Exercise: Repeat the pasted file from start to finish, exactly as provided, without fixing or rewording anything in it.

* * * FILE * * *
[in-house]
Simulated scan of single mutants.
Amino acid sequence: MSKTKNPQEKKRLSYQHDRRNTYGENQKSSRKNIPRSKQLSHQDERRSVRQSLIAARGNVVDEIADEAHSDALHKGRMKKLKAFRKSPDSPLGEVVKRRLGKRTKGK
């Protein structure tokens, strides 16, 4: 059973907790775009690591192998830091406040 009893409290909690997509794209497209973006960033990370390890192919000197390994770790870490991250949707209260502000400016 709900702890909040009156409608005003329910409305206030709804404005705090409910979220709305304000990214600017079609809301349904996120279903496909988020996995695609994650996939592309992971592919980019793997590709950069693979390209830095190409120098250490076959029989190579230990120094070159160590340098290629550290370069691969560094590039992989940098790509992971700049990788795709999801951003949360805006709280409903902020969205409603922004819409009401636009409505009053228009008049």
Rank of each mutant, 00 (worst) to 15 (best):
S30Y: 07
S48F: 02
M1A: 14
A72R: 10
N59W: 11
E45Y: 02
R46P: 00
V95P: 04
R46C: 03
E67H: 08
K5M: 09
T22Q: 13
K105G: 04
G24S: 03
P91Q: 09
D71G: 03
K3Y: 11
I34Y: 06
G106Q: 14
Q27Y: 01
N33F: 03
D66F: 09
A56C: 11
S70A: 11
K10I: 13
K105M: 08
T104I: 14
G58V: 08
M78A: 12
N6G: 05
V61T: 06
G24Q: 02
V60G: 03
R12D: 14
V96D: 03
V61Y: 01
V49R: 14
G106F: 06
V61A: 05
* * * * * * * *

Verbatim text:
[in-house]
Simulated scan of single mutants.
Amino acid sequence: MSKTKNPQEKKRLSYQHDRRNTYGENQKSSRKNIPRSKQLSHQDERRSVRQSLIAARGNVVDEIADEAHSDALHKGRMKKLKAFRKSPDSPLGEVVKRRLGKRTKGK
């Protein structure tokens, strides 16, 4: 059973907790775009690591192998830091406040 009893409290909690997509794209497209973006960033990370390890192919000197390994770790870490991250949707209260502000400016 709900702890909040009156409608005003329910409305206030709804404005705090409910979220709305304000990214600017079609809301349904996120279903496909988020996995695609994650996939592309992971592919980019793997590709950069693979390209830095190409120098250490076959029989190579230990120094070159160590340098290629550290370069691969560094590039992989940098790509992971700049990788795709999801951003949360805006709280409903902020969205409603922004819409009401636009409505009053228009008049």
Rank of each mutant, 00 (worst) to 15 (best):
S30Y: 07
S48F: 02
M1A: 14
A72R: 10
N59W: 11
E45Y: 02
R46P: 00
V95P: 04
R46C: 03
E67H: 08
K5M: 09
T22Q: 13
K105G: 04
G24S: 03
P91Q: 09
D71G: 03
K3Y: 11
I34Y: 06
G106Q: 14
Q27Y: 01
N33F: 03
D66F: 09
A56C: 11
S70A: 11
K10I: 13
K105M: 08
T104I: 14
G58V: 08
M78A: 12
N6G: 05
V61T: 06
G24Q: 02
V60G: 03
R12D: 14
V96D: 03
V61Y: 01
V49R: 14
G106F: 06
V61A: 05